You're Fertilizing All Wrong

You're Fertilizing All Wrong

Hint: It takes more than eggshells and coffee grounds to grow your garden.

If you’re a social media-savvy gardener, you may have noticed a plethora of TikToks, Reels, and Stories in your feeds recently about creating your own plant food. These short videos generally run something like this: An exuberant gardener places a banana peel in a mason jar with water, caps it, lets it sit for a week, then gives it a shake—“voila, fertilizer!” If it’s not banana peels, it’s eggshells or tea bags. Or it might be compost soaking in a bucket. If you’re relying on these methods as the sole source of nutrition for your garden, then you’re feeding your plants Doritos instead of kale.

Egg shells that are commonly used as "fertilizer" in vegetable gardens. But they take a long time to break down.

While peels, shells, and vegetable scraps do break down and release nutrients into water or soil, exactly what and how much your DIY plant food contains is hard to know. And, it takes years for items like eggshells to break down into soil nutrients. If this homebrewed concoction is all that’s added to your crops, those plants could end up with nutrient deficiencies.

Know Where You’re Starting With a Soil Test

Like any journey, leading your crops to a successful harvest begins by knowing where to start. This goes for both the soil type and the nutrients it contains. You can determine both by performing a soil test.

Professional soil tests provide a wealth of information about your garden’s soil, including but not limited to the type of soil (loam, sand, silt, or clay), its acidity, and the levels of certain elements it contains such as Phosphorus, Calcium and Magnesium. Soil tests don’t typically check for nitrogen levels because nitrogen is constantly cycled through the soil by biomass removal; i.e., it’s taken up by the plants, and then the plants are removed through harvesting or weeding.

Soil tests reveal what nutrients your garden needs and often suggestions for how to adjust. A deficiency in calcium, for example, could impact the functioning of the plants’ cell walls. Knowing how much you’re deficient in calcium, for example, allows you to calculate exactly how much lime to add to your soil to reach sufficient levels. That’s not necessarily possible if you’re adding only eggshells as a remedy.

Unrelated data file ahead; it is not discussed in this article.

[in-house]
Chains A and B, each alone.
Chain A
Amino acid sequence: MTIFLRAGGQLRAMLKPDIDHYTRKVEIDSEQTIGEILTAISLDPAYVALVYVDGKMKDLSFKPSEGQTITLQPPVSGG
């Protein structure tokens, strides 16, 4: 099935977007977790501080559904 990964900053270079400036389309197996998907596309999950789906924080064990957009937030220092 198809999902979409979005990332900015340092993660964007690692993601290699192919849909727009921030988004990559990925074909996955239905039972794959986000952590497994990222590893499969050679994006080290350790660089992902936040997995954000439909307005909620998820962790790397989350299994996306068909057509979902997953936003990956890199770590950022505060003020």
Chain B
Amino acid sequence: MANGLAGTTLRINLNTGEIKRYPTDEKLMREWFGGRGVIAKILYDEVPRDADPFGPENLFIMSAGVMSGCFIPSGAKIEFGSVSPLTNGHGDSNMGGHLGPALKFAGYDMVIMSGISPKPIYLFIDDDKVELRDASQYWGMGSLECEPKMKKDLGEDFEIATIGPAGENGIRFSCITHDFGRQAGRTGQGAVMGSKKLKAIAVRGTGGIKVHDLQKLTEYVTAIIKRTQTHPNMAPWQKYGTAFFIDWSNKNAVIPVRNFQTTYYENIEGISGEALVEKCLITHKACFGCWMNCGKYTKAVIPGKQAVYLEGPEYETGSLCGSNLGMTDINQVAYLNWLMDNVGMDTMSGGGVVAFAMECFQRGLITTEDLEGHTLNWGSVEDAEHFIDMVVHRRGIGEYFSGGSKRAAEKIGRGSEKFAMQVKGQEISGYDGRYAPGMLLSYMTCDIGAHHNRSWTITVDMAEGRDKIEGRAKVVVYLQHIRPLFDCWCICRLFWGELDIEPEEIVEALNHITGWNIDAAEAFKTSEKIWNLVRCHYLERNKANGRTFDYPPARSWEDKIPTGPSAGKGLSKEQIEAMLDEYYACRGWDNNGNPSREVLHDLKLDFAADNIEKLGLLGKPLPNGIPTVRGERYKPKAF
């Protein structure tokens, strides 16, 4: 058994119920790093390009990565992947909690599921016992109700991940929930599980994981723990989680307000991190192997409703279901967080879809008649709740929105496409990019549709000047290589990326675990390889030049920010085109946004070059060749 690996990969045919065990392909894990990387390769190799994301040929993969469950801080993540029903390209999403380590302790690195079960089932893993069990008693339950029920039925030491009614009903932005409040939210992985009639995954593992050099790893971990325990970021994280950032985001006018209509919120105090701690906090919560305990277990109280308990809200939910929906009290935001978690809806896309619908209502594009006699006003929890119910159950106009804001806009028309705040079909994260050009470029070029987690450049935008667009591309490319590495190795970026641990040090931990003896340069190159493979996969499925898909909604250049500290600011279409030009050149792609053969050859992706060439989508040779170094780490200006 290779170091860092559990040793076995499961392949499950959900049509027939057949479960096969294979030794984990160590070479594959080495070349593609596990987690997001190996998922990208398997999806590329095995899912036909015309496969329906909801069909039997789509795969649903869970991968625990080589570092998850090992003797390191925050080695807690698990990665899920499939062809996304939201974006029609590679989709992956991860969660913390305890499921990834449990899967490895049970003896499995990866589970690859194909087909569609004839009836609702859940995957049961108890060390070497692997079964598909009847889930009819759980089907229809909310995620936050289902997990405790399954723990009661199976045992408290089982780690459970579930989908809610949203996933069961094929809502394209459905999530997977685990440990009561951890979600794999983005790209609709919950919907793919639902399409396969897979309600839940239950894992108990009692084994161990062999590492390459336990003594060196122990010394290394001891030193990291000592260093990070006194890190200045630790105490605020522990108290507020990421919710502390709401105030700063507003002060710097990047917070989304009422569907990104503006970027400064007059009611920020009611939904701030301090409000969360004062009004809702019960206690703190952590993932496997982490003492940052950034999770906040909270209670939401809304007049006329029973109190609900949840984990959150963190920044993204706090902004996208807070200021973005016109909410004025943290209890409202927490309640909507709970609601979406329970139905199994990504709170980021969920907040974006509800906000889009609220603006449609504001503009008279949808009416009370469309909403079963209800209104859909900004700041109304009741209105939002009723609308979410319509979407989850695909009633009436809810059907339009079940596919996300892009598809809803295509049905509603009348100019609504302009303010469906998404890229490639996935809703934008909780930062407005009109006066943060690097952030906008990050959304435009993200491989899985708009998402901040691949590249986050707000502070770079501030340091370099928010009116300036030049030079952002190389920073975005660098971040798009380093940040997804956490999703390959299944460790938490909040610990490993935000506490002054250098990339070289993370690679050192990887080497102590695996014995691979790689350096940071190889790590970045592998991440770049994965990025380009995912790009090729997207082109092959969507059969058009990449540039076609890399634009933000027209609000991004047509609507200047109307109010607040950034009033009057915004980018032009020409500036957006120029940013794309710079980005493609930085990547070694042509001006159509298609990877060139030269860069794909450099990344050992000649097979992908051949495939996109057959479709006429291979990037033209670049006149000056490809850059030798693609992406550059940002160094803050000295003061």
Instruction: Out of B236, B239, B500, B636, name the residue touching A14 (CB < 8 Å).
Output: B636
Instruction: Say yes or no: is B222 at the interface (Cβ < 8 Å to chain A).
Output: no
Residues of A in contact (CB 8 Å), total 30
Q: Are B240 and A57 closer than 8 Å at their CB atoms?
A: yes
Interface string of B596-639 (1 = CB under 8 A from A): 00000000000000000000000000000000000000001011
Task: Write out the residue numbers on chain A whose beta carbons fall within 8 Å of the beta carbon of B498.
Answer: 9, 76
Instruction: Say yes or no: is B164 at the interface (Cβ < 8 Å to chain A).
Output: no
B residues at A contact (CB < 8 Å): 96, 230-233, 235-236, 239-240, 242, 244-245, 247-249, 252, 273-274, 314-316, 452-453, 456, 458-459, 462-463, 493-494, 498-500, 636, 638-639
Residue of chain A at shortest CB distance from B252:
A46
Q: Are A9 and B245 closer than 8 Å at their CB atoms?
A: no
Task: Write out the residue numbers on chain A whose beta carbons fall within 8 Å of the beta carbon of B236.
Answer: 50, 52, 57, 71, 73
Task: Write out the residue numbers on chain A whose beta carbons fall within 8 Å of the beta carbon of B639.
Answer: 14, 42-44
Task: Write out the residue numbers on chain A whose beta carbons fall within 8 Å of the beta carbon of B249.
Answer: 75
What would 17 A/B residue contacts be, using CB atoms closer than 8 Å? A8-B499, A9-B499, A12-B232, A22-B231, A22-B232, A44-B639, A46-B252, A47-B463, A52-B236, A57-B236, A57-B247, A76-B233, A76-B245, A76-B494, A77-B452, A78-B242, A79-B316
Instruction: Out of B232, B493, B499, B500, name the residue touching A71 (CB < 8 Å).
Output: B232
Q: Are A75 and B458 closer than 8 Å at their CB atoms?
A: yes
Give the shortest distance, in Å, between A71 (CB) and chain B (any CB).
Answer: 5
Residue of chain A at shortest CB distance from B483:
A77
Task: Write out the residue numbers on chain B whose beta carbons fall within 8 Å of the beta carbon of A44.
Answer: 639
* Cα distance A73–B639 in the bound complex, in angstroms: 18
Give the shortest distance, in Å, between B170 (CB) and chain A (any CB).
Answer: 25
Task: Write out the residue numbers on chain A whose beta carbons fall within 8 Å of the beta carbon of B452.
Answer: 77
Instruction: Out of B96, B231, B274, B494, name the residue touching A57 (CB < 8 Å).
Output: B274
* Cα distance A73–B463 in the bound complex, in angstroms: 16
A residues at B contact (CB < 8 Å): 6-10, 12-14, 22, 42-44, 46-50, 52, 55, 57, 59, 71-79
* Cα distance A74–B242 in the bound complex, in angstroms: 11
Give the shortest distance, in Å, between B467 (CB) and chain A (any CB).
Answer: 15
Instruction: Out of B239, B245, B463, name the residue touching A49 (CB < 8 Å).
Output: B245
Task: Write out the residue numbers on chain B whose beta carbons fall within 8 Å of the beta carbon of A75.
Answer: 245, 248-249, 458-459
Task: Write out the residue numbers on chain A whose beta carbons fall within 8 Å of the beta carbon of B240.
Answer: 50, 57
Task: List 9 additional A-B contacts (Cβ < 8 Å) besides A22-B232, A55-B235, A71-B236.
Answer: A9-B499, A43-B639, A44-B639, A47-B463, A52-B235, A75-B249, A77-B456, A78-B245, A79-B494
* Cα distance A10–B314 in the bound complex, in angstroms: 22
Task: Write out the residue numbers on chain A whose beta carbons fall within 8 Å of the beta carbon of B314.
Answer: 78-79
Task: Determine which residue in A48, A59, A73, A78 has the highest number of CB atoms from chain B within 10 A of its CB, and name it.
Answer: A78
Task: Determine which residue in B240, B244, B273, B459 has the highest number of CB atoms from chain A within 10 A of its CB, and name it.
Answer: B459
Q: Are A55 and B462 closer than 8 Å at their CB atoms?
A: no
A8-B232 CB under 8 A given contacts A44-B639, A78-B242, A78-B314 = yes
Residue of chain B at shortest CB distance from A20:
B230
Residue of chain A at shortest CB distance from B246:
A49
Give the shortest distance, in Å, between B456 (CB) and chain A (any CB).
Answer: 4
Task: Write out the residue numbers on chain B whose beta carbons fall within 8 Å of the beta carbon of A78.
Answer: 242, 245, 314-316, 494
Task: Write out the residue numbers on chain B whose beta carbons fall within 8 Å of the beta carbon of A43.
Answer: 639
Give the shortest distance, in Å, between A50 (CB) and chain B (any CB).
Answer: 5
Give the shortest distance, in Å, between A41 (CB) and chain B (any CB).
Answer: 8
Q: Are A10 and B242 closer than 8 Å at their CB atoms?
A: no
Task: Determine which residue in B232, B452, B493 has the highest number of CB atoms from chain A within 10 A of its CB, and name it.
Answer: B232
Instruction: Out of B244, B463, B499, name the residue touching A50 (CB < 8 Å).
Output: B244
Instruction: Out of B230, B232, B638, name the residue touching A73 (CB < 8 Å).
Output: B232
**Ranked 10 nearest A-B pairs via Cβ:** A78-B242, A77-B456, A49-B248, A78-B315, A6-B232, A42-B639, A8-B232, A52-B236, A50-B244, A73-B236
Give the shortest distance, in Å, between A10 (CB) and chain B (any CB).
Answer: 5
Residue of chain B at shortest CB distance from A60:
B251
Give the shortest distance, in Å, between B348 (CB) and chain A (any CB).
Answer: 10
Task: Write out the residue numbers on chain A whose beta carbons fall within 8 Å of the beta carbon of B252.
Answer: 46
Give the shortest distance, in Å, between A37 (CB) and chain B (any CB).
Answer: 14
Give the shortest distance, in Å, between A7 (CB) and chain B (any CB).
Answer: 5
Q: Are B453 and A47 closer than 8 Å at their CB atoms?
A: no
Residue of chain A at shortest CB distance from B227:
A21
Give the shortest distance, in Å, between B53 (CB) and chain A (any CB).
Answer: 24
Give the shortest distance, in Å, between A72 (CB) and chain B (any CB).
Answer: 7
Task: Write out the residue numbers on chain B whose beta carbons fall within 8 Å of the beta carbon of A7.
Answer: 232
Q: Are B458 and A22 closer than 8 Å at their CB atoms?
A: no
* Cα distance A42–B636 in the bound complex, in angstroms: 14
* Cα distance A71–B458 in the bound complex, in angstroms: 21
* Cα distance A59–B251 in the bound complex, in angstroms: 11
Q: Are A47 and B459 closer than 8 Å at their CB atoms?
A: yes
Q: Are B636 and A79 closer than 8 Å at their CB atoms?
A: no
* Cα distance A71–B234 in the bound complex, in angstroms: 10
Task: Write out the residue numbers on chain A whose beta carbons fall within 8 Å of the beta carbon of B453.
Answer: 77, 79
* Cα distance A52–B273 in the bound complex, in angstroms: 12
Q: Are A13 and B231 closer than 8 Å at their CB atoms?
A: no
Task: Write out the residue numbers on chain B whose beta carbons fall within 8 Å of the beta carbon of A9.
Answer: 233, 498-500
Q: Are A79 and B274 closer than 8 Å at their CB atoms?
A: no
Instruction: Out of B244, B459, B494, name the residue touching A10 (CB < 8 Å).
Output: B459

Some soil tests also report on the level of certain metals such as aluminum and lead. This is especially important for households with children where high levels of metals can be detrimental to a child’s health. You’d be surprised at the materials left behind in a property’s soil after construction, so it’s always a good idea to determine if your soil is safe for edible gardening activities before you plant.  

Knowing Your Numbers

Now that you know your soil’s starting point, providing known quantities of nutrients via fertilizers is the best way to provide—or in some cases, limit—additional amounts. A packaged fertilizer states the amount of “the big three” nutrients—Nitrogen, Phosphate (Phosphorus) and Potash (Potassium)—contained within as percentages. For example, a fertilizer may prominently display the numbers “10-5-10,” which indicates the fertilizer has 10% Nitrogen, 5% Phosphate, and 10% Potash. To calculate this in pounds, multiply the weight of the fertilizer package by the percentage. Using a 5-pound bag of this 10-10-10 fertilizer, multiply 5 by 0.10 to determine that the bag contains 0.5 pounds of Nitrogen, 0.25 pounds of Phosphate, and 0.5 pounds of Potash. As another instance, a bone meal formulation’s ratios are typically 3-15-0, or low in Nitrogen and Potash but high in Phosphate, which is critical for photosynthesis and flowering.

The bone meal illustrates a point about using just one type of fertilizer. In this case, bone meal contains no Potash. Potash is crucial for a plant’s ability to absorb water and synthesize sugars. Relying on bone meal alone would be detrimental to your garden. This goes for any formulation with low or nil numbers in one of “the big three,” as well as for DIY concoctions made from one or two ingredients.

Image of young plants & symbols for nutrients found in garden soil. It is really important to test your vegetable garden soil. Tertill Garden Program provides free soil test and customized fertilizers.

Grow Based On Your Soil

Did you get all that? Clear as mud, right?  That’s why so many new and even experienced gardeners fall behind their garden’s nutrition needs.

But don’t you worry—get a soil test from your local extension office, follow their recommendations using organic fertilizers, and you and your garden will be happy. 

Check out Tertill Organic's fertilizers available from us!

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